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"The Bible never teaches that the earth moves around the sun..."

Christianity, and fundamentalism within, has embraced, for the most part, a fallacious cosmology...Dr. Thomas Strouse is the Dean and Professor Emeritus at Emmanuel Baptist Theological Seminary (Newington, CT), a self-proclaimed fundamentalist Baptist seminary. He has written an article arguing that the earth is the center of the universe–he believes the sun rotates around the earth as do all other heavenly bodies. His concluding paragraph of his article is below:

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Shall We Cast Lots?

Pitfalls in the Pursuit of Biblical Patterns

In Scripture, casting lots is routine. Some might even say it’s the normal way to decide a difficult question.

The OT 1 contains 24 references to “cast lots,” “casting lots,” and “the lot fell.” Two of these are in Proverbs where lot-casting is highly recommended.

The lot is cast into the lap, but its every decision is from the Lord (Prov. 16:33).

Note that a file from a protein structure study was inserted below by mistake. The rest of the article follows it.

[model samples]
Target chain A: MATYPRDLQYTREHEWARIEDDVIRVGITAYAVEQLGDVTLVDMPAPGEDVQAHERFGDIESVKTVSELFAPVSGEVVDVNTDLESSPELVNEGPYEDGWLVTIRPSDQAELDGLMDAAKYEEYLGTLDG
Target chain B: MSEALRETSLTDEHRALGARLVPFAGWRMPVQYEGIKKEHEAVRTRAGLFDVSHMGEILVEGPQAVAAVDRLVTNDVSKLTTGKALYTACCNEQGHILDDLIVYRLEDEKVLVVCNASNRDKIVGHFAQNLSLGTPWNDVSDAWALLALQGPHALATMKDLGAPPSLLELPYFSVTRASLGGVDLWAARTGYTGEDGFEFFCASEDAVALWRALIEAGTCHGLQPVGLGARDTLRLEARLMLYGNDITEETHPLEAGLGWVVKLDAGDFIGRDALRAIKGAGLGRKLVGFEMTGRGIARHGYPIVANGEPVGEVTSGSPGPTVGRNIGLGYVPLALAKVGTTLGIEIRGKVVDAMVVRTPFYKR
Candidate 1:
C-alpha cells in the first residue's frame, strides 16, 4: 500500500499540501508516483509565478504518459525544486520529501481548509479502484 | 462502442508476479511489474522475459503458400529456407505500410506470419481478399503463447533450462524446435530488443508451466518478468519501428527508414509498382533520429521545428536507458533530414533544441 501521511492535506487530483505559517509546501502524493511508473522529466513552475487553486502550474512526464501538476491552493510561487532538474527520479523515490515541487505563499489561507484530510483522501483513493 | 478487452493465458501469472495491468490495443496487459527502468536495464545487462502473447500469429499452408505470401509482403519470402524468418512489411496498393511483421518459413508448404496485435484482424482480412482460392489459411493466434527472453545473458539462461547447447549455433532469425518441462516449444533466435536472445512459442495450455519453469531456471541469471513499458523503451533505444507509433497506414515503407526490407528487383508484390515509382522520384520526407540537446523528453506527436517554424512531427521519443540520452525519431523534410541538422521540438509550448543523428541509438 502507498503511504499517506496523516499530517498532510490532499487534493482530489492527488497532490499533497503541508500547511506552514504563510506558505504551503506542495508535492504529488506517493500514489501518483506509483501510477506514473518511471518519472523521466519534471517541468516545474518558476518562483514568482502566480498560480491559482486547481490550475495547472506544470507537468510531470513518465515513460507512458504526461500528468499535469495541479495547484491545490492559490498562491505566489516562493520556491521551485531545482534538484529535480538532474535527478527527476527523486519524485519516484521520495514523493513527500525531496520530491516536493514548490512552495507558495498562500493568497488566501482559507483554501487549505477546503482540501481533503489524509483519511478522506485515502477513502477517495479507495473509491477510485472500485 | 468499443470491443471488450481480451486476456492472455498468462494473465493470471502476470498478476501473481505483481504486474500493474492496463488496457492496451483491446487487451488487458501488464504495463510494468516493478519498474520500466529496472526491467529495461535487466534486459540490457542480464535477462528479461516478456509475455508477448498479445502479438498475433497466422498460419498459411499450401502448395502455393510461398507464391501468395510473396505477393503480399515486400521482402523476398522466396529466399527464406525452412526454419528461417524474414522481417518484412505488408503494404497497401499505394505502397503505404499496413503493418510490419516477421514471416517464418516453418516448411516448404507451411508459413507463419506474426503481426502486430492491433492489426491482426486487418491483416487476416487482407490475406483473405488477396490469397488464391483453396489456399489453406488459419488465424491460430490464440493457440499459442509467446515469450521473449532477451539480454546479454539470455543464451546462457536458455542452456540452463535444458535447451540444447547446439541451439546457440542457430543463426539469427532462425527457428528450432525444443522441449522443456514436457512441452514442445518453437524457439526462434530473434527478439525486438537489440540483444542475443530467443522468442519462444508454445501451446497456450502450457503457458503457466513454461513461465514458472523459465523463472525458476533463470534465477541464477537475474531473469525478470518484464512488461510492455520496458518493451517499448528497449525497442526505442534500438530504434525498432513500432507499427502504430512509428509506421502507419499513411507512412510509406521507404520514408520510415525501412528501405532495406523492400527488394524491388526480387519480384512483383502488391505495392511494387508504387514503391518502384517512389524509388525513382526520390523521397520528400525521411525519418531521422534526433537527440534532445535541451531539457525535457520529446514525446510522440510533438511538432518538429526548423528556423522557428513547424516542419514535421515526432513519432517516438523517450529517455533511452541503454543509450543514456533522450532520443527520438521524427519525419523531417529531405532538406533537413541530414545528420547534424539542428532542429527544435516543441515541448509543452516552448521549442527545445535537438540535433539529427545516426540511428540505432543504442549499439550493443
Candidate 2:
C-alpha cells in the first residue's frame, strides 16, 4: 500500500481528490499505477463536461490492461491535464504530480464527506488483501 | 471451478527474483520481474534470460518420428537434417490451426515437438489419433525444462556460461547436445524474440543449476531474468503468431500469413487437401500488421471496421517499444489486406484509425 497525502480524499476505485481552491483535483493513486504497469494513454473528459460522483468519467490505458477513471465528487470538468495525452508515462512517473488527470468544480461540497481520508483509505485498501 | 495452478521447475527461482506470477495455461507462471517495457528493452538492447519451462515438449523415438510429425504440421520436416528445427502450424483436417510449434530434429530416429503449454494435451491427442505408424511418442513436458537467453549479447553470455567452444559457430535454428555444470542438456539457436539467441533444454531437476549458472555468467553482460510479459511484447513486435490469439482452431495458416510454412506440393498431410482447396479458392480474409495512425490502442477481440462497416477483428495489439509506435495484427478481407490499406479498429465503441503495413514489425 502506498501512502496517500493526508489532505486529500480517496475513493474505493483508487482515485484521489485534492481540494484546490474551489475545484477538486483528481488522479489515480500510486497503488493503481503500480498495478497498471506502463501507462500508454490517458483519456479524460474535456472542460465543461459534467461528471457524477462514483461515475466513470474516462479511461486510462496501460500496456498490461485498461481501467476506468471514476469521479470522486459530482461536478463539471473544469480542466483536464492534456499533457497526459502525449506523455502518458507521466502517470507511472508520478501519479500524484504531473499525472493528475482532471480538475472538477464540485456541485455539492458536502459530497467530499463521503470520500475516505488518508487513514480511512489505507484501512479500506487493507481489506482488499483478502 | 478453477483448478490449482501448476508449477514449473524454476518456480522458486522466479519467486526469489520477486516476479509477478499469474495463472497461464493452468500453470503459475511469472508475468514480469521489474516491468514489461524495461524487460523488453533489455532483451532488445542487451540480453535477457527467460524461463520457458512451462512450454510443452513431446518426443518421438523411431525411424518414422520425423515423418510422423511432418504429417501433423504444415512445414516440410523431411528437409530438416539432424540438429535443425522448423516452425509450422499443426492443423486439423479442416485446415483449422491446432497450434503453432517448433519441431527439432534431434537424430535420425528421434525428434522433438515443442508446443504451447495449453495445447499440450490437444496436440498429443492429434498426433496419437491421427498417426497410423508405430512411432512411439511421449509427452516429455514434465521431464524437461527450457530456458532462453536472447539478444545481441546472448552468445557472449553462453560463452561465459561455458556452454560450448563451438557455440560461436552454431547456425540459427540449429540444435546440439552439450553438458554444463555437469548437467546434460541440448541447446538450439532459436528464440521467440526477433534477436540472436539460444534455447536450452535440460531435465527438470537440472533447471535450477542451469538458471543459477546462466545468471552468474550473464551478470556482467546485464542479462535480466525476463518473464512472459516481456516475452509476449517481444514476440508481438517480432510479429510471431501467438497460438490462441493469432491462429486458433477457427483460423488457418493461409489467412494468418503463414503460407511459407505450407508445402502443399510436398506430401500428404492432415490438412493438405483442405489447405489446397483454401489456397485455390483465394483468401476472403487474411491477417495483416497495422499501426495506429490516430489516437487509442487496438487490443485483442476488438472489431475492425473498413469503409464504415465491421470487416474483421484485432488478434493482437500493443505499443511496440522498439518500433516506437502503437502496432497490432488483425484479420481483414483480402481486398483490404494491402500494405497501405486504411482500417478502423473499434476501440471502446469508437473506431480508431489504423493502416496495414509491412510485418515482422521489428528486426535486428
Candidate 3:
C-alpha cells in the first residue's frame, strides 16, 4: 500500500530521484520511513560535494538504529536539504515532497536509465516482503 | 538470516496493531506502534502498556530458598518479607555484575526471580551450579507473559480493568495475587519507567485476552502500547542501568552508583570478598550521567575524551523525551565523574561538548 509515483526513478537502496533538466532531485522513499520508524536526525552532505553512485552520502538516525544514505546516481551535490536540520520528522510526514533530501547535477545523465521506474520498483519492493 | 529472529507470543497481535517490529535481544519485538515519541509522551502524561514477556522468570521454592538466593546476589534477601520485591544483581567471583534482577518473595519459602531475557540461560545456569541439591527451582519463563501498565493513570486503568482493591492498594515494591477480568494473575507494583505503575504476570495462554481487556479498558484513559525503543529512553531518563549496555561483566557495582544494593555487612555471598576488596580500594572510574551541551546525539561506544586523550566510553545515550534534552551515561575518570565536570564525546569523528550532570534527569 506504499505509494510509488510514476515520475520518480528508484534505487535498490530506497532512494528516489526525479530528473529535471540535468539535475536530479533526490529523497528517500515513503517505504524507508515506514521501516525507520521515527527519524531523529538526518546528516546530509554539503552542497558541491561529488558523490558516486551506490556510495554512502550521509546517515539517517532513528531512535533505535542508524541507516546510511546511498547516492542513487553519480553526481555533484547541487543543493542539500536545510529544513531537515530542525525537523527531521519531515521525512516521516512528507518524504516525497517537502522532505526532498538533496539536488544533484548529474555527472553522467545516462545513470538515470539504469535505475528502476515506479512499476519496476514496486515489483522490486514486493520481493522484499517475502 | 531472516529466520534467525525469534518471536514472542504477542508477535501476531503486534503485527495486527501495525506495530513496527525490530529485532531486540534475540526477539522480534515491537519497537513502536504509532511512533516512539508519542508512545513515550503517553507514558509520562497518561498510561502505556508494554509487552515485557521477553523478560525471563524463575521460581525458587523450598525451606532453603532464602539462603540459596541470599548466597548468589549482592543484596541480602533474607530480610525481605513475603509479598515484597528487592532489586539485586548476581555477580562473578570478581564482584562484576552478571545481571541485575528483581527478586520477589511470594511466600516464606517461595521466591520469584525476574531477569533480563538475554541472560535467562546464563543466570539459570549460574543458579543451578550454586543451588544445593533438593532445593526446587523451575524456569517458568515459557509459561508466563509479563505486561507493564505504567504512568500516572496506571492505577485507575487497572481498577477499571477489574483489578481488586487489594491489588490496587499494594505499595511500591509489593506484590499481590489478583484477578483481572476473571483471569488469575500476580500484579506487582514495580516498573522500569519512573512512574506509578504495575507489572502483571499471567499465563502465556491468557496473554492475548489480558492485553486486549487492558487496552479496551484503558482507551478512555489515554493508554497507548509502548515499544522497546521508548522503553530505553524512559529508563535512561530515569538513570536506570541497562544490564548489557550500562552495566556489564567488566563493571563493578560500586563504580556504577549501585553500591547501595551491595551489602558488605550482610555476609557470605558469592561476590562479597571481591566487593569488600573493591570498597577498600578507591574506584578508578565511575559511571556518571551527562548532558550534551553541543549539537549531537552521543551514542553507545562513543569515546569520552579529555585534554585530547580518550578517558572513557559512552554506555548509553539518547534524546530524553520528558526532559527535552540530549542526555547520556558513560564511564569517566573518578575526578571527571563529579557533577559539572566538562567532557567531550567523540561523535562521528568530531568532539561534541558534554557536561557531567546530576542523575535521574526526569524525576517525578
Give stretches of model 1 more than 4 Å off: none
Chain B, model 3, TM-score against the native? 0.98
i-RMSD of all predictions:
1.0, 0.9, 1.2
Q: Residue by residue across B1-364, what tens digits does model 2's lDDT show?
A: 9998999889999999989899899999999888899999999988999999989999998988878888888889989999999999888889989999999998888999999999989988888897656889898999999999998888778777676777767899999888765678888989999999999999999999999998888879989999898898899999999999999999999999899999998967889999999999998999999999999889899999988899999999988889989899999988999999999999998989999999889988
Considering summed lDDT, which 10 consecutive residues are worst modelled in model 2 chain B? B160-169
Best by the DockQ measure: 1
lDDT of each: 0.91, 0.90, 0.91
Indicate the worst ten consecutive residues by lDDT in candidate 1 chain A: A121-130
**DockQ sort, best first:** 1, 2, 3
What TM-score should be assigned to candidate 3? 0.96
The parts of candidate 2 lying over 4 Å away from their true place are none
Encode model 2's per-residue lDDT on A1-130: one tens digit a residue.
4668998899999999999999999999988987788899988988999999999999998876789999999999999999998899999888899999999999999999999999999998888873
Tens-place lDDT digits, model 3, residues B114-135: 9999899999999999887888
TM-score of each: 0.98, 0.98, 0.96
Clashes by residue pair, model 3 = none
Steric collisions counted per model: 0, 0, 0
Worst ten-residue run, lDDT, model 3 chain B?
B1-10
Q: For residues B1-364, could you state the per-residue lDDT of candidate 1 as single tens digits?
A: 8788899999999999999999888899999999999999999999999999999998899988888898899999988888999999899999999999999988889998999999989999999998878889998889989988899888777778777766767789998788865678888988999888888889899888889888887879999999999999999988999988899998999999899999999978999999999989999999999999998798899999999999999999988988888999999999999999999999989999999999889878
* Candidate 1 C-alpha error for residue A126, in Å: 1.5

Casting lots causes contentions to cease, and keeps the mighty apart (Prov. 18:18).

In addition, the Urim and Thummim (probably a form of lot-casting) have a prominent place in Mosaic Law. All in all, the OT is very pro-lot.

The NT seems to be in favor of it as well. The practice is mentioned eight times, and one of those places refers to the selection of an apostle to replace Judas (Acts 1:26).

So if we have frequent favorable references to lot-casting across both Old and New Testaments, do we have a “biblical pattern”? Should we be casting lots in our churches rather than voting? After all, the Bible contains no direct command to vote on anything (some might argue that voting is the brainchild of humanistic philosopher Jean-Jacques Rousseau and his ilk).